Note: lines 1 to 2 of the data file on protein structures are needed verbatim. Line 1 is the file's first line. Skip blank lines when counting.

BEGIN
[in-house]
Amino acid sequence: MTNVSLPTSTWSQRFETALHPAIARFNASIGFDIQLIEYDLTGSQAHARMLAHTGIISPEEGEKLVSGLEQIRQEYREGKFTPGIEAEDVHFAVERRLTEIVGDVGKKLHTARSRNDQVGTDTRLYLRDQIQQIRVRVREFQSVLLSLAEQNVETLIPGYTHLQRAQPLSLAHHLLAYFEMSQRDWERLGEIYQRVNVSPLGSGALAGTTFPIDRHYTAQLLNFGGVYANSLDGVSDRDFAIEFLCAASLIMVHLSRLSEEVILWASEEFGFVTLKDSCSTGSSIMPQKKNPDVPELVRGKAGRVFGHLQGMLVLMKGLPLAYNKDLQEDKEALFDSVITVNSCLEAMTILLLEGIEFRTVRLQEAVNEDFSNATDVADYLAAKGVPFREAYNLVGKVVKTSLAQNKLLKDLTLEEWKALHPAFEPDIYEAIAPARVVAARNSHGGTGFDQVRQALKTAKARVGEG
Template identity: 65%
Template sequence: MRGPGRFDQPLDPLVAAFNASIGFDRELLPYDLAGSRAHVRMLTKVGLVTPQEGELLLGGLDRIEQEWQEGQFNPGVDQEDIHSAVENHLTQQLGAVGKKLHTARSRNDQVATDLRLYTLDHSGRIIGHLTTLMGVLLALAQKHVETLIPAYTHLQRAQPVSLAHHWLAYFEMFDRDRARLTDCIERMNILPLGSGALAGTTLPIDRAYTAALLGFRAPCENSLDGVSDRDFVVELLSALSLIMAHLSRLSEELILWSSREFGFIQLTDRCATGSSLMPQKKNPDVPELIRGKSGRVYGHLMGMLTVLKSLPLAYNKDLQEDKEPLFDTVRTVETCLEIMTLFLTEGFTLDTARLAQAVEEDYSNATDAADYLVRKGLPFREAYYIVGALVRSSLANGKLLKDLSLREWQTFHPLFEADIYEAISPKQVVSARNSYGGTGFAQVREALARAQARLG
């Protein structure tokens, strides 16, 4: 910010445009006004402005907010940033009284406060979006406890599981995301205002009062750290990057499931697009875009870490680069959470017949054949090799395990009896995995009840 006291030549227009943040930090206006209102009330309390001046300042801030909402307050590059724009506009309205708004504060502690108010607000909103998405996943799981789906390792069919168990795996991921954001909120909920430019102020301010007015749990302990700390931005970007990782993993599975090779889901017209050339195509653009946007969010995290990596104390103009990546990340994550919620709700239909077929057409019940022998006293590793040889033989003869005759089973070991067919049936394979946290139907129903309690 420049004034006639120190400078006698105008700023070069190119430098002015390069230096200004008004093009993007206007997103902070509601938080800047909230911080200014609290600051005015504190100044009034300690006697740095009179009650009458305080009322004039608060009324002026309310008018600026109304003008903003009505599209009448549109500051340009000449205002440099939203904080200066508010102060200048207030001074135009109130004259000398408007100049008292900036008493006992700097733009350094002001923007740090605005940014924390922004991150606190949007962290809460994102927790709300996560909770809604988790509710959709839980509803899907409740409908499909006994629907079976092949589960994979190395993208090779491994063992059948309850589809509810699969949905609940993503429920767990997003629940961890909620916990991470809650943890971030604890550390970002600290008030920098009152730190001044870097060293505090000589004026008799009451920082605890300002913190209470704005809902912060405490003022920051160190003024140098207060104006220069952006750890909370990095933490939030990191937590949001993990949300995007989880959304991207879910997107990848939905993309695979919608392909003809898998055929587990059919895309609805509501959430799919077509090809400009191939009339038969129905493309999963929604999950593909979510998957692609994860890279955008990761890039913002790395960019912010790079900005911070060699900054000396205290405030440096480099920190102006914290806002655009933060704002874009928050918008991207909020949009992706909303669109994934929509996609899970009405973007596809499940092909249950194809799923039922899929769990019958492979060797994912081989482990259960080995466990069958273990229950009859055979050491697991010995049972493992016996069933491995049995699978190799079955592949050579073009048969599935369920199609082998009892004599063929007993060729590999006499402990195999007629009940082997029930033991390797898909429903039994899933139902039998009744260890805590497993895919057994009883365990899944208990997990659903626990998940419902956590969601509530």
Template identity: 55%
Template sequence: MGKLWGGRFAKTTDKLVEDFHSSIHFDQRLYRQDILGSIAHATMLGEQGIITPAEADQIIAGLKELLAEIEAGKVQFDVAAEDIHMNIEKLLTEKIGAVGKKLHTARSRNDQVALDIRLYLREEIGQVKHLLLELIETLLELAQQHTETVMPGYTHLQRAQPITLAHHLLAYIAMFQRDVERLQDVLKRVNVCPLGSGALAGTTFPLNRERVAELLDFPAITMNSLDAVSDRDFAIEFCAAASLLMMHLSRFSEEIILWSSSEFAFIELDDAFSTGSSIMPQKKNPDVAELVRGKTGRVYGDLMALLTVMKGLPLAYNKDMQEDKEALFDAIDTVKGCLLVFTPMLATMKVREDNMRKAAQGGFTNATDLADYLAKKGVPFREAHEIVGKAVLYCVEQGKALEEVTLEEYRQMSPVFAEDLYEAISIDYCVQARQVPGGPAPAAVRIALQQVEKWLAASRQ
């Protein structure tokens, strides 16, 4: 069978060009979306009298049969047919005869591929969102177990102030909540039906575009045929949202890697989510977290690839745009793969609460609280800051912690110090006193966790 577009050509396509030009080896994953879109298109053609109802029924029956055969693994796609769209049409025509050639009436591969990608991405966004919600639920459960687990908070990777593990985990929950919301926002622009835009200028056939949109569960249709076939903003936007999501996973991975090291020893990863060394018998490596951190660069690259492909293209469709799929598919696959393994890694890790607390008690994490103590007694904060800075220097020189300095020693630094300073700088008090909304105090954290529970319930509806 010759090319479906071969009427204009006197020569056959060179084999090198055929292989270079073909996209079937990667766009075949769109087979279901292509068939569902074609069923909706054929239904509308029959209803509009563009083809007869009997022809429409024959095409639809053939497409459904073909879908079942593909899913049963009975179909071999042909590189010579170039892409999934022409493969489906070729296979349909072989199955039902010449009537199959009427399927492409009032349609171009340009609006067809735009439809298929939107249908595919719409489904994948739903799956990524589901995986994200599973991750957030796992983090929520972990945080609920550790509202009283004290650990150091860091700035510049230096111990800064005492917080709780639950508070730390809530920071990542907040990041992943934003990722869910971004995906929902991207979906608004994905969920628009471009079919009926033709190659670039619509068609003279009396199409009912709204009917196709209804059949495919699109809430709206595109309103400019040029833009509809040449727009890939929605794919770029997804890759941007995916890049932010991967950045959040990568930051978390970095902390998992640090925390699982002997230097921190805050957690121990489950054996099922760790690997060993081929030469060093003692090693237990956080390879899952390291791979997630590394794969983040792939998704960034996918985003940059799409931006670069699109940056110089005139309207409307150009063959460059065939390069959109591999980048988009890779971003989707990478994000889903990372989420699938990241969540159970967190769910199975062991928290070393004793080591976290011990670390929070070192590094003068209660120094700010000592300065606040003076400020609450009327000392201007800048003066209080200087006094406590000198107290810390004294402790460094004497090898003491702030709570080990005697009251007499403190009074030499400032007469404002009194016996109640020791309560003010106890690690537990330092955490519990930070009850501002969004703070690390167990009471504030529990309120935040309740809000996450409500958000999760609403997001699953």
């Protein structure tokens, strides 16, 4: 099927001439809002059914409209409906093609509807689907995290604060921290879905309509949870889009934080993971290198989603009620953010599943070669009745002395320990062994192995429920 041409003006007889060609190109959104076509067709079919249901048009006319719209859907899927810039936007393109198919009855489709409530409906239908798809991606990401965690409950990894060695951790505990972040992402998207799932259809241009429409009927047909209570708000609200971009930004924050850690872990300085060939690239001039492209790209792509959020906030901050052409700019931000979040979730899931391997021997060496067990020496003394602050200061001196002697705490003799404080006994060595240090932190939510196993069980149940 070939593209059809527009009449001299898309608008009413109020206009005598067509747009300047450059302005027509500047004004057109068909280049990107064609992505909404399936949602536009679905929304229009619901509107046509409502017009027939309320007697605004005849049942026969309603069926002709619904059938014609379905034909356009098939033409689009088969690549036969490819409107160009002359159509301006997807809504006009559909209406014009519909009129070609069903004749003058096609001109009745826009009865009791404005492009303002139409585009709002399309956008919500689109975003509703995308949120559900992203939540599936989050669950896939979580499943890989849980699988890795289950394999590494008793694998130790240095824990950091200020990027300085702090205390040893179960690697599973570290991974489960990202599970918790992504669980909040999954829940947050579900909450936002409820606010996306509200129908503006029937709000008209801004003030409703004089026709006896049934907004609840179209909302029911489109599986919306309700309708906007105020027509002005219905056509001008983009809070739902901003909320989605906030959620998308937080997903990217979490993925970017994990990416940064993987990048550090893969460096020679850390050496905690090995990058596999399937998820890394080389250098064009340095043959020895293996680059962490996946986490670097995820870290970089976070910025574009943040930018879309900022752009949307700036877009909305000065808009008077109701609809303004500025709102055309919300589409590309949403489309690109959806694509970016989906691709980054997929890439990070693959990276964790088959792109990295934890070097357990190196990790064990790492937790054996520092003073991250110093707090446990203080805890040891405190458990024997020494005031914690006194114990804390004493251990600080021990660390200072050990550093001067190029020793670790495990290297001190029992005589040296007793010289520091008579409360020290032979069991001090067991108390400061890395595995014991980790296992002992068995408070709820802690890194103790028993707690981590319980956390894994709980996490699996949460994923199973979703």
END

[in-house]
Amino acid sequence: MTNVSLPTSTWSQRFETALHPAIARFNASIGFDIQLIEYDLTGSQAHARMLAHTGIISPEEGEKLVSGLEQIRQEYREGKFTPGIEAEDVHFAVERRLTEIVGDVGKKLHTARSRNDQVGTDTRLYLRDQIQQIRVRVREFQSVLLSLAEQNVETLIPGYTHLQRAQPLSLAHHLLAYFEMSQRDWERLGEIYQRVNVSPLGSGALAGTTFPIDRHYTAQLLNFGGVYANSLDGVSDRDFAIEFLCAASLIMVHLSRLSEEVILWASEEFGFVTLKDSCSTGSSIMPQKKNPDVPELVRGKAGRVFGHLQGMLVLMKGLPLAYNKDLQEDKEALFDSVITVNSCLEAMTILLLEGIEFRTVRLQEAVNEDFSNATDVADYLAAKGVPFREAYNLVGKVVKTSLAQNKLLKDLTLEEWKALHPAFEPDIYEAIAPARVVAARNSHGGTGFDQVRQALKTAKARVGEG